Side by side images of the same man using an early virtual reality headset and a modern one
Louis Rosenberg
Rosenberg developing mixed reality in 1992 (left) and using a modern Meta Quest Pro in 2022 (right).

This leads me back to the Apple Vision Pro — it is a mixed reality headset, not because it uses passthrough cameras, but because it enables users to experience the real world merged with interactive virtual content that is spatially registered with a user’s natural surroundings with precision, creating one unified reality. 

Because mixed reality is the superset technology, the Vision Pro can also provide simpler augmented reality experiences and fully simulated virtual reality experiences. And for all three (VR, AR, and MR), I expect the Vision Pro to amaze consumers with experiences that far exceed any device ever built, at any price. It’s a true achievement for Apple and the team of engineers who made it happen.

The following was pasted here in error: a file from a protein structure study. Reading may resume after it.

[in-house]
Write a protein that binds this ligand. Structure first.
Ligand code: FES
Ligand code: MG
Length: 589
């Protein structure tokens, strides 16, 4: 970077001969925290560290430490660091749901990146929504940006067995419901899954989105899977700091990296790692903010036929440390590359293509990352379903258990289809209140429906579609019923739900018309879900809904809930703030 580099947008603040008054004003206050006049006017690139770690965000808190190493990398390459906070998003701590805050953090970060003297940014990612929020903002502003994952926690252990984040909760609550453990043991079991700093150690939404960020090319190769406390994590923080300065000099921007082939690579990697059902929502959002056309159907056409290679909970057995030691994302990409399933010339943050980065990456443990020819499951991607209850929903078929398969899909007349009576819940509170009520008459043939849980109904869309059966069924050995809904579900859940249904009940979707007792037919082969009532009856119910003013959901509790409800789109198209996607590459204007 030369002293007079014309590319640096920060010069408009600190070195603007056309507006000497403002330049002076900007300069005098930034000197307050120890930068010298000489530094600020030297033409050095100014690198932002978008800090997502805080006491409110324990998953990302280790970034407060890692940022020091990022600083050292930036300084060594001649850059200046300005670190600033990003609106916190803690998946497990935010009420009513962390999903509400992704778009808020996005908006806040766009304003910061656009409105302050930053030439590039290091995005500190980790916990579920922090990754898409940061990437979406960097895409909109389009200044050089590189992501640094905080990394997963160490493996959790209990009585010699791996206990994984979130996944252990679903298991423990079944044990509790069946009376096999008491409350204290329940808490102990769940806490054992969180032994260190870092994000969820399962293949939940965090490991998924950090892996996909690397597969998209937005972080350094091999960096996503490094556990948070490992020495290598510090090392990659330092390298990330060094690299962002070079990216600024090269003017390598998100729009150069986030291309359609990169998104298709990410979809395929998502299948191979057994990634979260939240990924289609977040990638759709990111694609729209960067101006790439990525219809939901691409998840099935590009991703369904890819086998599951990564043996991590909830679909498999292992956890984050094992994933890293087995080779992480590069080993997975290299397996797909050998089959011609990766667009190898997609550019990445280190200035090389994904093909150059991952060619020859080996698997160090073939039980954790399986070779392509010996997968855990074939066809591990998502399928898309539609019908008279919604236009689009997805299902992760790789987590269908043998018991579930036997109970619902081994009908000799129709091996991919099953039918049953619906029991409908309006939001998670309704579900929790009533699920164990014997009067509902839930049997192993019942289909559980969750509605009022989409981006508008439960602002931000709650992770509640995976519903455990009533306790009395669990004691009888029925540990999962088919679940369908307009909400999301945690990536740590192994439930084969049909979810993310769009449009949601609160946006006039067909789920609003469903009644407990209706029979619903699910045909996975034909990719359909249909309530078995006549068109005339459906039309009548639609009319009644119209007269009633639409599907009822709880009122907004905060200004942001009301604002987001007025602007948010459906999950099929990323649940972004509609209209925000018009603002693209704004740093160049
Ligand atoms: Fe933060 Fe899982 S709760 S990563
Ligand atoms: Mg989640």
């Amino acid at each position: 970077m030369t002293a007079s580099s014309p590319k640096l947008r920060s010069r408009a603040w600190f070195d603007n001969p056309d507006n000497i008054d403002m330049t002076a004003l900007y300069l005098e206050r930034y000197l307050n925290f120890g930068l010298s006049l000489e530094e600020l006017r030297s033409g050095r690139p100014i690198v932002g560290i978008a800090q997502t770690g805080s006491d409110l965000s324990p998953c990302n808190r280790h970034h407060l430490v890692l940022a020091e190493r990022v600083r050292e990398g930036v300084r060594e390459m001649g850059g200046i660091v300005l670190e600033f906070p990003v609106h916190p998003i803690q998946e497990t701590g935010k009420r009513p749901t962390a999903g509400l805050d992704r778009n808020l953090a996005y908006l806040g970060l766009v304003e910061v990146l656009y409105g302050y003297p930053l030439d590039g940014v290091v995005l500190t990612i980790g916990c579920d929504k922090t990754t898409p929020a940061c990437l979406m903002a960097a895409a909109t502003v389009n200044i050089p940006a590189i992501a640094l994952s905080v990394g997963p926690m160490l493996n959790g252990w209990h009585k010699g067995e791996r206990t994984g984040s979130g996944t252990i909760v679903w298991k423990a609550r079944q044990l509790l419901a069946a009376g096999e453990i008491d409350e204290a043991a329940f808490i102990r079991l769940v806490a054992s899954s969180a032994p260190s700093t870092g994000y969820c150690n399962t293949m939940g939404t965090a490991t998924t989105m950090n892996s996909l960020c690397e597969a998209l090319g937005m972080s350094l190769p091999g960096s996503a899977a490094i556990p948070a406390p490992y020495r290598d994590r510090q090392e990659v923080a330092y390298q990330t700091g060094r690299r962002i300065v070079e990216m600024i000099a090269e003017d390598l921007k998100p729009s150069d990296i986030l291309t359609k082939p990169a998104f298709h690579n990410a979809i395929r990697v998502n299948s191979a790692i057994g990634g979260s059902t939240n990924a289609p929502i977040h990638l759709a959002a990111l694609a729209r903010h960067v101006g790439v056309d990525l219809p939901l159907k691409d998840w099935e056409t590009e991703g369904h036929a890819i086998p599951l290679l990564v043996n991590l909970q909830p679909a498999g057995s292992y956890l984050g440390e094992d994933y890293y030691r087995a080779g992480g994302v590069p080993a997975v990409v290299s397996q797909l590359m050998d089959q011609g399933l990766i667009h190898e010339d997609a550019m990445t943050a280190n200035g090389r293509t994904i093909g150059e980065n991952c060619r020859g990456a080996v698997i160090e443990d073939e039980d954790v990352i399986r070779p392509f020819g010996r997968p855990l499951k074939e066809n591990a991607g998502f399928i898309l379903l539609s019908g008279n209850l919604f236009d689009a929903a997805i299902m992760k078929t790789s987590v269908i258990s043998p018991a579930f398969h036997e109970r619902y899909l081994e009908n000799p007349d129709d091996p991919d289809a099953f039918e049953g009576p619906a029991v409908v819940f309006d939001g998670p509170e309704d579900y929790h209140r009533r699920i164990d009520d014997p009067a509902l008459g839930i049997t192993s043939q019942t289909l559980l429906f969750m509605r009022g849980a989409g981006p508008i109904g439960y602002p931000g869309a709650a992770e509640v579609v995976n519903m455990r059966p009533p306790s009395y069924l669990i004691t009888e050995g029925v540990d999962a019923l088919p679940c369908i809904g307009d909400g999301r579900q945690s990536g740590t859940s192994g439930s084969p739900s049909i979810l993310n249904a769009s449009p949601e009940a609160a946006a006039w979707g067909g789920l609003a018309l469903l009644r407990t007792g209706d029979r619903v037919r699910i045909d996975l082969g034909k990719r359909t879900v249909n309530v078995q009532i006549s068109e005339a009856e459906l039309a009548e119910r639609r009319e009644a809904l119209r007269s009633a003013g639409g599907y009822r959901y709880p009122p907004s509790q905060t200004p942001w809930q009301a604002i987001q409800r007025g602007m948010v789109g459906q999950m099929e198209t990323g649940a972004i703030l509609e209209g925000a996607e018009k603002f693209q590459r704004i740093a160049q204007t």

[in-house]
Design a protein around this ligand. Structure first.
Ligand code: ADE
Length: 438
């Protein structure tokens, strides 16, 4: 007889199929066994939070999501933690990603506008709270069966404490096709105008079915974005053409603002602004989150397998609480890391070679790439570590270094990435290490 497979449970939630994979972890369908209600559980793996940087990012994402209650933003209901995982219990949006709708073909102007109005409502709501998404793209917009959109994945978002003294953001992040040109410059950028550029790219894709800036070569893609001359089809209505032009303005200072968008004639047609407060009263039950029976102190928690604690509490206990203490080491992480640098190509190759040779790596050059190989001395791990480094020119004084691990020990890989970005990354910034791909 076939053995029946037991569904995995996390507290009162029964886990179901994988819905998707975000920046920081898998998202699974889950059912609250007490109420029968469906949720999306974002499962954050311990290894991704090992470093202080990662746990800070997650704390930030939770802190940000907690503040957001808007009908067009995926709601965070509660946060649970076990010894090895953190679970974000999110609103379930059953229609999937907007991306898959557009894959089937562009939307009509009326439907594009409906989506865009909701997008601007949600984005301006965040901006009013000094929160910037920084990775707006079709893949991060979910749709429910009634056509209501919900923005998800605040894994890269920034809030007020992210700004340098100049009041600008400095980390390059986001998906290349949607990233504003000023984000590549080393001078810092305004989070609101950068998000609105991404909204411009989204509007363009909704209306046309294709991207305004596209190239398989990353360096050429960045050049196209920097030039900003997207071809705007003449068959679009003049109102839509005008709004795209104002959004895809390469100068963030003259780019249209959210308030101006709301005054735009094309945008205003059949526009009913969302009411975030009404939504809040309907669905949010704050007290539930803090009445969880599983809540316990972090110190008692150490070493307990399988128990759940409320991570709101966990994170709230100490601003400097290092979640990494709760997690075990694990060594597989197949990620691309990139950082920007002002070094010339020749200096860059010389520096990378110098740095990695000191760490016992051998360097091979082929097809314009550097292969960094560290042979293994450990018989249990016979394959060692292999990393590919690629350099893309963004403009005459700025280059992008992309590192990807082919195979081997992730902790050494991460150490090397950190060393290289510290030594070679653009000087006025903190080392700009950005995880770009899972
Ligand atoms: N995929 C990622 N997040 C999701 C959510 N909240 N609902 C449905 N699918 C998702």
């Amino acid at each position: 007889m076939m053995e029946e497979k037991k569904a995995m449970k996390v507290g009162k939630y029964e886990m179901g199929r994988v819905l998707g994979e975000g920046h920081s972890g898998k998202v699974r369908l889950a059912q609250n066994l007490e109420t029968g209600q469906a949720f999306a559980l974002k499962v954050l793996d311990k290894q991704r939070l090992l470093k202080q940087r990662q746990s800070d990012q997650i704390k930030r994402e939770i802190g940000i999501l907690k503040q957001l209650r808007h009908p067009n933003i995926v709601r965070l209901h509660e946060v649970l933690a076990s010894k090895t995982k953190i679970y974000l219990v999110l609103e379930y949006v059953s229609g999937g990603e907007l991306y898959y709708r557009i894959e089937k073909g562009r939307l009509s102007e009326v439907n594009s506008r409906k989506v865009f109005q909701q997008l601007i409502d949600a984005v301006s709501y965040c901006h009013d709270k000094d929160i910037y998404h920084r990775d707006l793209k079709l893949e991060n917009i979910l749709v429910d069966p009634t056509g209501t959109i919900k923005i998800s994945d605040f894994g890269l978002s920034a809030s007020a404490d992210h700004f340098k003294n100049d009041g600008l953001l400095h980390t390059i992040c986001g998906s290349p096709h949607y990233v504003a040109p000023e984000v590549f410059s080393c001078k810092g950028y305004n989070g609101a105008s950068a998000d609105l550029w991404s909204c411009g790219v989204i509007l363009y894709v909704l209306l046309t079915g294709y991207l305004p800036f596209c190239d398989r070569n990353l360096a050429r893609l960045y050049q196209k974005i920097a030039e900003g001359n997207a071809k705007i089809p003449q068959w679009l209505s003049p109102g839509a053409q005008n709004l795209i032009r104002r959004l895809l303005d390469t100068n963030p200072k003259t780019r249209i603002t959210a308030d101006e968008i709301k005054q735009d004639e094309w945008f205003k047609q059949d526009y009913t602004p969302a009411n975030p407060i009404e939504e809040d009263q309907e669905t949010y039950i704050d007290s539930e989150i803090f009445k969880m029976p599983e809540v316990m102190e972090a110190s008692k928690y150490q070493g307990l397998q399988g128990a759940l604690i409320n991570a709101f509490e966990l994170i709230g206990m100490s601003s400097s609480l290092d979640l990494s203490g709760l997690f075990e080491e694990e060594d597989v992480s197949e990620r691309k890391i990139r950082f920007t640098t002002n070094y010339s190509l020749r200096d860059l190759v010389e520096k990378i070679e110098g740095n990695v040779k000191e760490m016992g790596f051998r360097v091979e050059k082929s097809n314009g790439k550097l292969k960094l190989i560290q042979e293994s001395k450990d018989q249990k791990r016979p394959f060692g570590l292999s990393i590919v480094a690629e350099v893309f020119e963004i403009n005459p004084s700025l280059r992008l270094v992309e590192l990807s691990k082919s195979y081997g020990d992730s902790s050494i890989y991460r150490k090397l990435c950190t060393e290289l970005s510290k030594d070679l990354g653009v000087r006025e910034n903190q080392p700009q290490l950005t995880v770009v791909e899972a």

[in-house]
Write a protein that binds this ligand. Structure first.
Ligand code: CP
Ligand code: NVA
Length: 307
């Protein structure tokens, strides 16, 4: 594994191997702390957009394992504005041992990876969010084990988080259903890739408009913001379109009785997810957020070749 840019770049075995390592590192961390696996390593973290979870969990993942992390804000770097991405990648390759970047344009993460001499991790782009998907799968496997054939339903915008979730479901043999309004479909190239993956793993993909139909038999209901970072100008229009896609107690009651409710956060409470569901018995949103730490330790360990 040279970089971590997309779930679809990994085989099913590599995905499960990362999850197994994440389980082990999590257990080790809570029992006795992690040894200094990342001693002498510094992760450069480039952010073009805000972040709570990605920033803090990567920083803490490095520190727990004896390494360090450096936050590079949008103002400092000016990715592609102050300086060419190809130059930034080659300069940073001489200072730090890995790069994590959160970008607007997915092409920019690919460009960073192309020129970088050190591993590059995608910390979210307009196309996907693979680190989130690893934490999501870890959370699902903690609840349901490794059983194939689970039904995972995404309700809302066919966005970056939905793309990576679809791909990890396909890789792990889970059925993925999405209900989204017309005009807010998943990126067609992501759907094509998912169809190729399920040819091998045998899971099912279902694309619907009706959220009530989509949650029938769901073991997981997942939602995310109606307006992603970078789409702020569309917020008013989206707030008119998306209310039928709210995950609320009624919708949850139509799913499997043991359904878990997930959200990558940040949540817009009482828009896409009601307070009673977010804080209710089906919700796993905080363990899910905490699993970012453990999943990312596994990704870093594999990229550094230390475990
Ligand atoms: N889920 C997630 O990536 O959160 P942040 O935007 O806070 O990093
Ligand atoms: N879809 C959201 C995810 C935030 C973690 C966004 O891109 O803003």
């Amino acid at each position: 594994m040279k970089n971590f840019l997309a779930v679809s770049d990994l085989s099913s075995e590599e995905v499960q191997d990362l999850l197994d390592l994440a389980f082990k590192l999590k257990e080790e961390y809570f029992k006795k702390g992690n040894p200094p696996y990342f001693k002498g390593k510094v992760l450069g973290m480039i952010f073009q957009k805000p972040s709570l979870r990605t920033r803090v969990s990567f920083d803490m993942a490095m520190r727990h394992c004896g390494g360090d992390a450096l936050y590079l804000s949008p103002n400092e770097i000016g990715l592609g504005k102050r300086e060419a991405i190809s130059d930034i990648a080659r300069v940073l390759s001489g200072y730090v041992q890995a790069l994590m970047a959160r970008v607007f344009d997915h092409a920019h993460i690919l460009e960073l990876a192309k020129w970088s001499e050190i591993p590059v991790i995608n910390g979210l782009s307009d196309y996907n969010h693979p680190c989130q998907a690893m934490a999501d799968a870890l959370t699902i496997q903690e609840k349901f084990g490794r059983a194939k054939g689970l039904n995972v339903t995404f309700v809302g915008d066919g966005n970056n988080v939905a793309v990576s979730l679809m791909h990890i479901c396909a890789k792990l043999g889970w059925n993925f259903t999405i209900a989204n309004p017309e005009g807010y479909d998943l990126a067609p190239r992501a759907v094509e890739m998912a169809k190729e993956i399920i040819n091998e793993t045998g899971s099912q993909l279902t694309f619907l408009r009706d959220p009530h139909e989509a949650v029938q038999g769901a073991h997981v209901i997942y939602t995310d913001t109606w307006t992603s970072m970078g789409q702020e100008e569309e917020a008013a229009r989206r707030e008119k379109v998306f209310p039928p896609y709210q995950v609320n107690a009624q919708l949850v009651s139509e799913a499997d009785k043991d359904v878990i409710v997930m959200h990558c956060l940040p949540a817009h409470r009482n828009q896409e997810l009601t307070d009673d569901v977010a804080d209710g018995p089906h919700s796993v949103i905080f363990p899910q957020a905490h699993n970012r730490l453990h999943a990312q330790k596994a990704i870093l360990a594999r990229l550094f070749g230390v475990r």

The Vision Pro also enables other capabilities that are entirely unique, including a spatial operating system (visionOS) that breaks exciting new ground by using a user’s gaze direction for input. So, the Vision Pro is not only a mixed reality headset, but also a spatial computer and frankly, a work of art. I also believe that spatial computing is a great overarching term for AR, MR, and VR experiences and adds some new twists that relate to spatial operating systems  — all to the good. 

My recommendation is that Apple not be too heavy handed in suppressing the historic and accepted language of the field. I am old enough to remember Apple’s biggest product launch, the famous “1984” Super Bowl ad that unveiled the Mac. It featured a runner throwing a massive hammer to shatter an Orwellian screen where Big Brother controls society by replacing common language with “newspeak.” In that same spirit, I hope Apple will allow developers to reference VR, AR, and MR experiences on the Vision Pro by name. After all, we want an immersive future where 2+2 still equals 4.

Louis Rosenberg, PhD is a pioneer in the fields of virtual and augmented reality and a longtime AI researcher. He founded Immersion Corporation (IMMR: Nasdaq) in 1993 and Unanimous AI in 2014, and for developing the first mixed reality system at the Air Force Research Laboratory. His new book, Our Next Reality, is available for preorder from Hachette.